Having your stem cells extracted and banked might sound foreign and scary, but for the leaders behind Next Healthcare Inc., stem cell banking is a no-brainer.

“Now is the time,” said Next Healthcare Inc. CEO and founder Vin Singh. “Everybody has to bank their cells.”

Stem Cell Banking Sing first had the idea to pursue stem cell banking after induced pluripotent stem (iPS) technology was discovered. Put simply, this tech found that one could take a skin cell and convert it into a stem cell. A stem cell is an undifferentiated biological cell with an unlimited ability to multiply. So by converting skin cells into stem cells, you can create a virtually unlimited amount of any cell in the body.

When this discovery was made in 2006, Singh saw the value immediately.

“I thought, wow. This is a big deal,” he said.

A few years later in 2009, he started Next Healthcare Inc. as a way to offer stem and skin cell banking services to the public. The company is now a little over 5 years old and is based in Grand Forks, ND with a business office in Germantown, MD. Their vision, according to the website is “for everyone to have a personal cell bank account.”

Stem cell banking process: straight to the bank

Stem cell banking

Transmission electron micrograph of an adult stem cell displaying typical ultrastructural characteristics. Photo by Robert M. Hunt

The stem cell banking process looks a bit like this.

The stem cells are extracted through bone marrow, skin cell samples, adipose (fat) tissue, or collecting blood. The cells are then stored in liquid nitrogen tanks at a temperature that stops all metabolic activity – like “suspended animation,” Sing said.

They are stored in multiple vials so that you have multiple opportunities to use those cells in the future. So long as they are frozen, they last theoretically forever, Singh said.

[Editor’s Note, March 18:] There has been some question as to why one would bank stem cells, if they exist in your body. This is because stem cells age as people age, and this can limit their regenerative potential.]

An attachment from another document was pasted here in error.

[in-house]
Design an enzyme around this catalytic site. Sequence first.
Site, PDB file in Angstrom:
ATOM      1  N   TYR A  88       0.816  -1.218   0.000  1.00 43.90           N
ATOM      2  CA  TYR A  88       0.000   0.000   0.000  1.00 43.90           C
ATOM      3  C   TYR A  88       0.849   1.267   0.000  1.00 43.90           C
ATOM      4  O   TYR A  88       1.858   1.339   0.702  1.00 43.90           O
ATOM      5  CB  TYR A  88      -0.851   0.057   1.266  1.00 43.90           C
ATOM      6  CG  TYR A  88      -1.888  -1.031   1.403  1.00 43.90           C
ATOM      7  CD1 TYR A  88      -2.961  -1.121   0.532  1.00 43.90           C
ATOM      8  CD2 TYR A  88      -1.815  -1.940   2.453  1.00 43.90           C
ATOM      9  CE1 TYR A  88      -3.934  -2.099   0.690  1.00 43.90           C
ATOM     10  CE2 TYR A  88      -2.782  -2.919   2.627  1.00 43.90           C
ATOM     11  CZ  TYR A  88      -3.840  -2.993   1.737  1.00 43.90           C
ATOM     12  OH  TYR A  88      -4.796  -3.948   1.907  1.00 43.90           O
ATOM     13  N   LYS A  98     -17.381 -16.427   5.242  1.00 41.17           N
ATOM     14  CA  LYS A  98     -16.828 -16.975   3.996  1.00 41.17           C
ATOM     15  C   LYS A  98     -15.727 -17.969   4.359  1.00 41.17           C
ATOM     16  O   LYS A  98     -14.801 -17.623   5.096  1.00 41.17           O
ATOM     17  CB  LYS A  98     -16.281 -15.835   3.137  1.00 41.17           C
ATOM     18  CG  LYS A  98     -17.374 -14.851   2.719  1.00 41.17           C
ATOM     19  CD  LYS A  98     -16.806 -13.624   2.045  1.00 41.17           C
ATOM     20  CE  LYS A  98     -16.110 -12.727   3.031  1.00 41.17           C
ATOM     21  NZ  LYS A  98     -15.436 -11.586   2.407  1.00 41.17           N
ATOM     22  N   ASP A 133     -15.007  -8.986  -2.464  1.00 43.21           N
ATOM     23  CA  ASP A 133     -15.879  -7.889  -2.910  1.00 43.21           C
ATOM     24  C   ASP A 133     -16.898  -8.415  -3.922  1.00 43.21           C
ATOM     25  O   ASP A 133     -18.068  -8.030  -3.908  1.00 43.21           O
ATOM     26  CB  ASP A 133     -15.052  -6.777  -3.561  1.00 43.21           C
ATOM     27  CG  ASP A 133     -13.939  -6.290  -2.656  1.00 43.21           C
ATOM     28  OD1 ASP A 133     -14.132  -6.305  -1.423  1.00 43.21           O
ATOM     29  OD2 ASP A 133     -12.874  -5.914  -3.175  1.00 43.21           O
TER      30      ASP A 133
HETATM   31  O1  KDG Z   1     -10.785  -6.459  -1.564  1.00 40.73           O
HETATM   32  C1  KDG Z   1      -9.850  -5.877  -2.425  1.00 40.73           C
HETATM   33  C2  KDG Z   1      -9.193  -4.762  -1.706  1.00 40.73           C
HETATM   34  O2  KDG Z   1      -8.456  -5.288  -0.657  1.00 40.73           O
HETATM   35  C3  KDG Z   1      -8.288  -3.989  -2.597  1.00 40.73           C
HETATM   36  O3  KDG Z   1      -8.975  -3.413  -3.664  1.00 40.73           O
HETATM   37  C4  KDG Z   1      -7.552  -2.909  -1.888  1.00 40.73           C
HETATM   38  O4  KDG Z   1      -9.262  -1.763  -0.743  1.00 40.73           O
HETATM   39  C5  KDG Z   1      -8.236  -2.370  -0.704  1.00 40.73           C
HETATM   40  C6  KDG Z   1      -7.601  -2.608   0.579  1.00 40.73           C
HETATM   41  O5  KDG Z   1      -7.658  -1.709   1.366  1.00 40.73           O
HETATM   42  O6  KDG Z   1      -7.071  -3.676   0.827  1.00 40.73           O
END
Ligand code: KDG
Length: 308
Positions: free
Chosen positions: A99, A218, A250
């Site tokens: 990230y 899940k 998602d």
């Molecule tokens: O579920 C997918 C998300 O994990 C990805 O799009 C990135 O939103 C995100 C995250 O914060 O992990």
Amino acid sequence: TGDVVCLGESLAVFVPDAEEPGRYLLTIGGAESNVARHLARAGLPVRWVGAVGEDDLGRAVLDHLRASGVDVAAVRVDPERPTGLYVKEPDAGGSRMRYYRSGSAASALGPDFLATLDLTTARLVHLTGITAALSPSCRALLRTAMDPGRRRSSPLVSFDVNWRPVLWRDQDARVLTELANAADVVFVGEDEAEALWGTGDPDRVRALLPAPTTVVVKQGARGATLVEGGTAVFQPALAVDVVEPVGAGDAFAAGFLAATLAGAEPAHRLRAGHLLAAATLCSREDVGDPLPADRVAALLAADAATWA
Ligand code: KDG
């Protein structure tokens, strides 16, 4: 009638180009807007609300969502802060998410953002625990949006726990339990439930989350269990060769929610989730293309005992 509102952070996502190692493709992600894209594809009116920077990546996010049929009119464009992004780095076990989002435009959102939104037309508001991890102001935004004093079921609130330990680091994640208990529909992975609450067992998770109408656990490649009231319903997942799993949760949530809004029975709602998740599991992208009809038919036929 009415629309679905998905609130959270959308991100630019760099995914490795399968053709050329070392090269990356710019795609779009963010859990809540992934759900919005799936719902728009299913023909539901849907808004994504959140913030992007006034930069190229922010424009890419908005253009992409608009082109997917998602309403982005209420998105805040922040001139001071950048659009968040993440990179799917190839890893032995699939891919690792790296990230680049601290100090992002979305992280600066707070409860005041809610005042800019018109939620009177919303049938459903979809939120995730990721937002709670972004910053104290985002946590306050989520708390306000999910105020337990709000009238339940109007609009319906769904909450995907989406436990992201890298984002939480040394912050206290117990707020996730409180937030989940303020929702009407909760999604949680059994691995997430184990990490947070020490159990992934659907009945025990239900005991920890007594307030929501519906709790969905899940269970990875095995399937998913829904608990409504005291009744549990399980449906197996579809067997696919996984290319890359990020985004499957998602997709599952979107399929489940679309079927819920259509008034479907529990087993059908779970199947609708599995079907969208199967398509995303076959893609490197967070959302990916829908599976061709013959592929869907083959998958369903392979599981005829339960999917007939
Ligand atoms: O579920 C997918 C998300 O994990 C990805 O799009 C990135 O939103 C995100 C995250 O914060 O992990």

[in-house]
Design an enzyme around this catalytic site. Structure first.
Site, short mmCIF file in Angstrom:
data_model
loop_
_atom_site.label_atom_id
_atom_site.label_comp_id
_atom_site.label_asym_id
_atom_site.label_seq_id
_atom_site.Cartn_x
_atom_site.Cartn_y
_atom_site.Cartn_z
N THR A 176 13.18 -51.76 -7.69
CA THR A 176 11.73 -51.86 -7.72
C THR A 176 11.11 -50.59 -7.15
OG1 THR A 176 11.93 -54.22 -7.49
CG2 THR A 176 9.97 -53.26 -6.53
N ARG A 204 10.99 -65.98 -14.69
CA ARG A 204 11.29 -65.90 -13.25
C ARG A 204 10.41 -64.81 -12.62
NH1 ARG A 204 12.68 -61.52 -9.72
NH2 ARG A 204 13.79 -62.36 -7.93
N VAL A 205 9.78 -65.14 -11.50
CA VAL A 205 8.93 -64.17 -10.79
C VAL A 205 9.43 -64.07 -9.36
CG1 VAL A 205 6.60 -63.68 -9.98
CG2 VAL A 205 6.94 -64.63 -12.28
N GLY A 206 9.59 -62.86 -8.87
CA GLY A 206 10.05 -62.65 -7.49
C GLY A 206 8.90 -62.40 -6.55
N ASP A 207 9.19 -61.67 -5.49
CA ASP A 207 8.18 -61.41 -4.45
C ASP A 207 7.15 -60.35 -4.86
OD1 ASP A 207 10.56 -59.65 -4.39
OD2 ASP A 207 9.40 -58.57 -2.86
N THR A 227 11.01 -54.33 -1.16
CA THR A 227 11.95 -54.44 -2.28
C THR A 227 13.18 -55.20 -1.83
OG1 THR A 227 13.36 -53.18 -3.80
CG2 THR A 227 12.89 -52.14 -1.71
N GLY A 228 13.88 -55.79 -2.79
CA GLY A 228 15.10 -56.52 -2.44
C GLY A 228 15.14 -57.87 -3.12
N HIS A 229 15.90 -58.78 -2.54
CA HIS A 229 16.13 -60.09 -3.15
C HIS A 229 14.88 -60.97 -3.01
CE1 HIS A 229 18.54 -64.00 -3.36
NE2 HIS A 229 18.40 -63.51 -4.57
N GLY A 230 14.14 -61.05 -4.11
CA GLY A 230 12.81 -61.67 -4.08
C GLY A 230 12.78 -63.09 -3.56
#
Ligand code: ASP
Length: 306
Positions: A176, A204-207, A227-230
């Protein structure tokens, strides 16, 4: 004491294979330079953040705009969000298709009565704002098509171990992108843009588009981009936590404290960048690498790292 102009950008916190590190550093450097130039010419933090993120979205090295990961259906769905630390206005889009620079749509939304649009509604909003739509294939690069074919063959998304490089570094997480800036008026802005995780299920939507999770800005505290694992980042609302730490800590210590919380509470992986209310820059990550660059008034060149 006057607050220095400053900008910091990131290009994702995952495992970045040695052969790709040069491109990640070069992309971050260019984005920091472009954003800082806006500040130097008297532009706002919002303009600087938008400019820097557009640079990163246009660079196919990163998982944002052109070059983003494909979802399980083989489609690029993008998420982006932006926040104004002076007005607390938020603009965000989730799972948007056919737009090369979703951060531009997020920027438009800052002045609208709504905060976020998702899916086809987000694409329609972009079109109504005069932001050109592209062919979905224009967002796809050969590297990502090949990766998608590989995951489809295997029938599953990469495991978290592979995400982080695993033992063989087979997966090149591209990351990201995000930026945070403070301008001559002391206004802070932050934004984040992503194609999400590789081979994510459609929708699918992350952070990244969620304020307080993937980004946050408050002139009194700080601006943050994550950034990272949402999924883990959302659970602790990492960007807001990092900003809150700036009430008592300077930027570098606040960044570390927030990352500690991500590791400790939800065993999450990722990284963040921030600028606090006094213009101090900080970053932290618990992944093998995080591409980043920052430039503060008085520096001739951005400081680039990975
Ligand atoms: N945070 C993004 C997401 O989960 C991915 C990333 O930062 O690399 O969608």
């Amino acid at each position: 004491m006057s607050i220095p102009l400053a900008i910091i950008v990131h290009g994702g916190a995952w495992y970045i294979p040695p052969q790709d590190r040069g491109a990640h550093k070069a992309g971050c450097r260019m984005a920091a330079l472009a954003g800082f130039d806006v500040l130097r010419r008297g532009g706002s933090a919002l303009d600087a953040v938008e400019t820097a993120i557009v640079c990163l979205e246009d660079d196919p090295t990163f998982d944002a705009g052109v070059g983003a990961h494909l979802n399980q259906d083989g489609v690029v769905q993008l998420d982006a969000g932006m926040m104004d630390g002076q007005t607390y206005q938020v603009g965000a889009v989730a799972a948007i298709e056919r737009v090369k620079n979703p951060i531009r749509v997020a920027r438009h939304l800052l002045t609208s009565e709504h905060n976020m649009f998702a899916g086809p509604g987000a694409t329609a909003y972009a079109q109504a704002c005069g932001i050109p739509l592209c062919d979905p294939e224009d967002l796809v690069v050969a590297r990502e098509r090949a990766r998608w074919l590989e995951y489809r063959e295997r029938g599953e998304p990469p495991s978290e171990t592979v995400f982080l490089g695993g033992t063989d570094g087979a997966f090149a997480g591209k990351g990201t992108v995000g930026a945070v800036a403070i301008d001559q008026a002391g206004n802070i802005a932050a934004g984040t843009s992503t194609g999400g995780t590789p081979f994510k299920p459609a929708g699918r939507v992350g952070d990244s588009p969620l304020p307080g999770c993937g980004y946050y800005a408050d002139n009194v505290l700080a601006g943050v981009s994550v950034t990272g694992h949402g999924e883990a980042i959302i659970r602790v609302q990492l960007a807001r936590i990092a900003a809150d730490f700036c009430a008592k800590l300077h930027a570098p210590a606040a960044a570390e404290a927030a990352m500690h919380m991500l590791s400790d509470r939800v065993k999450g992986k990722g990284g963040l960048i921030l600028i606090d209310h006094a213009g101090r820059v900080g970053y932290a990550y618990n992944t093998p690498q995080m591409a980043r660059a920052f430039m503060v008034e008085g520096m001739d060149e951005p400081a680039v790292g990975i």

Next Healthcare charges an annual storage fee of $199 with multiple-year storage available at a discount. The different CelBank service features that are available can be found here.

Stem cell banking benefits

The potential health benefits for stem cell treatments, according to Singh, are “unlimited.”

Stem cell procedures currently provide life-saving treatments for patients with leukemia, lymphoma, other blood disorders, and some solid tumors, according to the American Medical Association.

In recent news, on February 11, a phase 2 trial of stem cell transplants used to treat multiple sclerosis had promising results. “Brain damage was significantly reduced in patients getting stem cell transplants, compared to a control group,” the report states.

Singh also referenced the potential for stem cells to heal blood cancers, autoimmune disease, and heart diseases.

“The big benefit is they’re your own cells,” Singh said. “When you’re using your own cells, your body is not going to reject them.”

Although it is possible to use another person’s stem cells as part of a treatment, Singh said that at Next Healthcare their service is only for autologous use – only the patient who donated the cells can use them in the future. This is also the safest method of using stem cells.

Last April, a Stem Cell Therapy Market report predicted the stem cell market will reach $300 million by 2020. Looking towards the years ahead, Singh said that he believes now is the peak time for stem cell banking.

“I bank my own stem cells for peace of mind, because I believe that medicine is heading in a direction where we are all going to be treating our diseases and injuries with our own cells,” he said. “We’re at a special point in regenerative medicine, and I think this is perfect timing for this.”

O'Brien to discuss stem cell banking Taking the stage this week at 1 Million Cups Fargo is Dennis O’Brien, Chief Commercial Officer of Next Healthcare Inc.

He’ll be presenting their company and taking questions and answers afterwards. So if you, like perhaps many of us, still have a few questions regarding stem cell banking – be sure not to miss it! Sign up, here.


Photos courtesy of Robert M. Hunt (CC BY 3.0) and Next Healthcare Inc.

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Marisa Jackels